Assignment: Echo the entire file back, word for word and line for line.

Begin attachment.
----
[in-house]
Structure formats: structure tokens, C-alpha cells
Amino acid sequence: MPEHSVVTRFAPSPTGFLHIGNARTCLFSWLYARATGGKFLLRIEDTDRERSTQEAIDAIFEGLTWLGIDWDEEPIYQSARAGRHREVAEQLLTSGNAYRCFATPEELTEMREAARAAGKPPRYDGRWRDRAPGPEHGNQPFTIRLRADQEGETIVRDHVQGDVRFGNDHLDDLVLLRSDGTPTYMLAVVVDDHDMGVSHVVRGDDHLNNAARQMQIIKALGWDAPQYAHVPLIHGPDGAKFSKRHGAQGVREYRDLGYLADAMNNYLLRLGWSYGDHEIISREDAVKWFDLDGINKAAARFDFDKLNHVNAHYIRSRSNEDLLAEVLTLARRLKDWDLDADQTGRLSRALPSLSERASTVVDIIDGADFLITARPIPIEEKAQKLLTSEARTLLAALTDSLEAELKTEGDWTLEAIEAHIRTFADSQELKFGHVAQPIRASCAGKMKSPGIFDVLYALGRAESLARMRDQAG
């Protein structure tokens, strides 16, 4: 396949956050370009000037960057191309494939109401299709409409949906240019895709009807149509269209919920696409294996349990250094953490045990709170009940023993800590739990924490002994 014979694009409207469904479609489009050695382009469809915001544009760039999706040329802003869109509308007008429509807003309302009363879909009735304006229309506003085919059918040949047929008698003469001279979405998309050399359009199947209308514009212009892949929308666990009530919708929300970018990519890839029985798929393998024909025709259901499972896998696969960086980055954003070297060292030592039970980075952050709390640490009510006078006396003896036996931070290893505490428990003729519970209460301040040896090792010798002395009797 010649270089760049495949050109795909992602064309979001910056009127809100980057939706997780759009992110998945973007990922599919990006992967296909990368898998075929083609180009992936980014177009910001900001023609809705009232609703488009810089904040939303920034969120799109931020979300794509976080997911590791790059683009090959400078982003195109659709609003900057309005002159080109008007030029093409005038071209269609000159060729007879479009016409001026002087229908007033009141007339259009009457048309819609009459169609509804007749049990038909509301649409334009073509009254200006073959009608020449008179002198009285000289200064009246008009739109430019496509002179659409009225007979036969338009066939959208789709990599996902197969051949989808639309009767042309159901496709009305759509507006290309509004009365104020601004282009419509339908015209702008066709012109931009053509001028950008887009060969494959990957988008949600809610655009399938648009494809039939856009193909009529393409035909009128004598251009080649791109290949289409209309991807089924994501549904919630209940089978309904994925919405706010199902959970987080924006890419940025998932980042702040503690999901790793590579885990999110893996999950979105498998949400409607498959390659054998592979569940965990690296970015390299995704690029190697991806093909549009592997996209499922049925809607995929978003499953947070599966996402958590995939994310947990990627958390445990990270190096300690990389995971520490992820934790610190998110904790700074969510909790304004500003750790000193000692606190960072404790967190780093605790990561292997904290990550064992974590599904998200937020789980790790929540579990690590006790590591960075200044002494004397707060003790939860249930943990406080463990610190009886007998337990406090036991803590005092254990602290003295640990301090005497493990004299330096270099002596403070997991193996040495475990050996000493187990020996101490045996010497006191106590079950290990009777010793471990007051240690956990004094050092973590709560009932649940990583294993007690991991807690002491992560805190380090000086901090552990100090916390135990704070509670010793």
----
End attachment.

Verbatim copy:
[in-house]
Structure formats: structure tokens, C-alpha cells
Amino acid sequence: MPEHSVVTRFAPSPTGFLHIGNARTCLFSWLYARATGGKFLLRIEDTDRERSTQEAIDAIFEGLTWLGIDWDEEPIYQSARAGRHREVAEQLLTSGNAYRCFATPEELTEMREAARAAGKPPRYDGRWRDRAPGPEHGNQPFTIRLRADQEGETIVRDHVQGDVRFGNDHLDDLVLLRSDGTPTYMLAVVVDDHDMGVSHVVRGDDHLNNAARQMQIIKALGWDAPQYAHVPLIHGPDGAKFSKRHGAQGVREYRDLGYLADAMNNYLLRLGWSYGDHEIISREDAVKWFDLDGINKAAARFDFDKLNHVNAHYIRSRSNEDLLAEVLTLARRLKDWDLDADQTGRLSRALPSLSERASTVVDIIDGADFLITARPIPIEEKAQKLLTSEARTLLAALTDSLEAELKTEGDWTLEAIEAHIRTFADSQELKFGHVAQPIRASCAGKMKSPGIFDVLYALGRAESLARMRDQAG
């Protein structure tokens, strides 16, 4: 396949956050370009000037960057191309494939109401299709409409949906240019895709009807149509269209919920696409294996349990250094953490045990709170009940023993800590739990924490002994 014979694009409207469904479609489009050695382009469809915001544009760039999706040329802003869109509308007008429509807003309302009363879909009735304006229309506003085919059918040949047929008698003469001279979405998309050399359009199947209308514009212009892949929308666990009530919708929300970018990519890839029985798929393998024909025709259901499972896998696969960086980055954003070297060292030592039970980075952050709390640490009510006078006396003896036996931070290893505490428990003729519970209460301040040896090792010798002395009797 010649270089760049495949050109795909992602064309979001910056009127809100980057939706997780759009992110998945973007990922599919990006992967296909990368898998075929083609180009992936980014177009910001900001023609809705009232609703488009810089904040939303920034969120799109931020979300794509976080997911590791790059683009090959400078982003195109659709609003900057309005002159080109008007030029093409005038071209269609000159060729007879479009016409001026002087229908007033009141007339259009009457048309819609009459169609509804007749049990038909509301649409334009073509009254200006073959009608020449008179002198009285000289200064009246008009739109430019496509002179659409009225007979036969338009066939959208789709990599996902197969051949989808639309009767042309159901496709009305759509507006290309509004009365104020601004282009419509339908015209702008066709012109931009053509001028950008887009060969494959990957988008949600809610655009399938648009494809039939856009193909009529393409035909009128004598251009080649791109290949289409209309991807089924994501549904919630209940089978309904994925919405706010199902959970987080924006890419940025998932980042702040503690999901790793590579885990999110893996999950979105498998949400409607498959390659054998592979569940965990690296970015390299995704690029190697991806093909549009592997996209499922049925809607995929978003499953947070599966996402958590995939994310947990990627958390445990990270190096300690990389995971520490992820934790610190998110904790700074969510909790304004500003750790000193000692606190960072404790967190780093605790990561292997904290990550064992974590599904998200937020789980790790929540579990690590006790590591960075200044002494004397707060003790939860249930943990406080463990610190009886007998337990406090036991803590005092254990602290003295640990301090005497493990004299330096270099002596403070997991193996040495475990050996000493187990020996101490045996010497006191106590079950290990009777010793471990007051240690956990004094050092973590709560009932649940990583294993007690991991807690002491992560805190380090000086901090552990100090916390135990704070509670010793």